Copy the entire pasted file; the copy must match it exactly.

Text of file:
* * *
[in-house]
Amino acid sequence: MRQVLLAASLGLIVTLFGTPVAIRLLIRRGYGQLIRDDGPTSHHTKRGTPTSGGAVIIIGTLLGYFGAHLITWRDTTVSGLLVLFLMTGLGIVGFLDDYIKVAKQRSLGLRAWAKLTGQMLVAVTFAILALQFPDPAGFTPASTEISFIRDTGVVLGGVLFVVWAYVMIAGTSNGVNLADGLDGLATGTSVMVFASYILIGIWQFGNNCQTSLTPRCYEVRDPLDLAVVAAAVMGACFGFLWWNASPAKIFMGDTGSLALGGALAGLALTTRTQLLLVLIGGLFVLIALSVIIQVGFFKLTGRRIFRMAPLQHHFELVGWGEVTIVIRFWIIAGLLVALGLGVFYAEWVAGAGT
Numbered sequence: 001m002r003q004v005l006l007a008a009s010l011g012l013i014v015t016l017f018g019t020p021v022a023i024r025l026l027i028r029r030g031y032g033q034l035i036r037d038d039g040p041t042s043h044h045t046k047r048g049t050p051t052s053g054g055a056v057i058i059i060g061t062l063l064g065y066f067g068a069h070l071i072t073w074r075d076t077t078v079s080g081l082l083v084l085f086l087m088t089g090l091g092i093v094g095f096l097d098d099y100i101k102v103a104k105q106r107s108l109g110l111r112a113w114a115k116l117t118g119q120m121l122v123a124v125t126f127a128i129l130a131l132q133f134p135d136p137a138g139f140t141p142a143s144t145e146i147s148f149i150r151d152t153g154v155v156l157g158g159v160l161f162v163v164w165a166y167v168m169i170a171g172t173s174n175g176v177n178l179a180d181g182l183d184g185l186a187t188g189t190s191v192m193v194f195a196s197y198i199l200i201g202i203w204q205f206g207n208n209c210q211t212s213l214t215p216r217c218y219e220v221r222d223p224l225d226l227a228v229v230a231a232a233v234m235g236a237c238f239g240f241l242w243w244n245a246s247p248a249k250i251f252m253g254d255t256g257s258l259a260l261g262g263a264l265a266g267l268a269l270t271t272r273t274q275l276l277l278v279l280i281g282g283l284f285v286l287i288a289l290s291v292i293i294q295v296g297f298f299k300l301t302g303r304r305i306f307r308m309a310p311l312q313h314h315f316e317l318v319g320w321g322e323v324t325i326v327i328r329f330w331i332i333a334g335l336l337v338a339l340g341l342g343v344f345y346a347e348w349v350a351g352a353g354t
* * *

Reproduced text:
[in-house]
Amino acid sequence: MRQVLLAASLGLIVTLFGTPVAIRLLIRRGYGQLIRDDGPTSHHTKRGTPTSGGAVIIIGTLLGYFGAHLITWRDTTVSGLLVLFLMTGLGIVGFLDDYIKVAKQRSLGLRAWAKLTGQMLVAVTFAILALQFPDPAGFTPASTEISFIRDTGVVLGGVLFVVWAYVMIAGTSNGVNLADGLDGLATGTSVMVFASYILIGIWQFGNNCQTSLTPRCYEVRDPLDLAVVAAAVMGACFGFLWWNASPAKIFMGDTGSLALGGALAGLALTTRTQLLLVLIGGLFVLIALSVIIQVGFFKLTGRRIFRMAPLQHHFELVGWGEVTIVIRFWIIAGLLVALGLGVFYAEWVAGAGT
Numbered sequence: 001m002r003q004v005l006l007a008a009s010l011g012l013i014v015t016l017f018g019t020p021v022a023i024r025l026l027i028r029r030g031y032g033q034l035i036r037d038d039g040p041t042s043h044h045t046k047r048g049t050p051t052s053g054g055a056v057i058i059i060g061t062l063l064g065y066f067g068a069h070l071i072t073w074r075d076t077t078v079s080g081l082l083v084l085f086l087m088t089g090l091g092i093v094g095f096l097d098d099y100i101k102v103a104k105q106r107s108l109g110l111r112a113w114a115k116l117t118g119q120m121l122v123a124v125t126f127a128i129l130a131l132q133f134p135d136p137a138g139f140t141p142a143s144t145e146i147s148f149i150r151d152t153g154v155v156l157g158g159v160l161f162v163v164w165a166y167v168m169i170a171g172t173s174n175g176v177n178l179a180d181g182l183d184g185l186a187t188g189t190s191v192m193v194f195a196s197y198i199l200i201g202i203w204q205f206g207n208n209c210q211t212s213l214t215p216r217c218y219e220v221r222d223p224l225d226l227a228v229v230a231a232a233v234m235g236a237c238f239g240f241l242w243w244n245a246s247p248a249k250i251f252m253g254d255t256g257s258l259a260l261g262g263a264l265a266g267l268a269l270t271t272r273t274q275l276l277l278v279l280i281g282g283l284f285v286l287i288a289l290s291v292i293i294q295v296g297f298f299k300l301t302g303r304r305i306f307r308m309a310p311l312q313h314h315f316e317l318v319g320w321g322e323v324t325i326v327i328r329f330w331i332i333a334g335l336l337v338a339l340g341l342g343v344f345y346a347e348w349v350a351g352a353g354t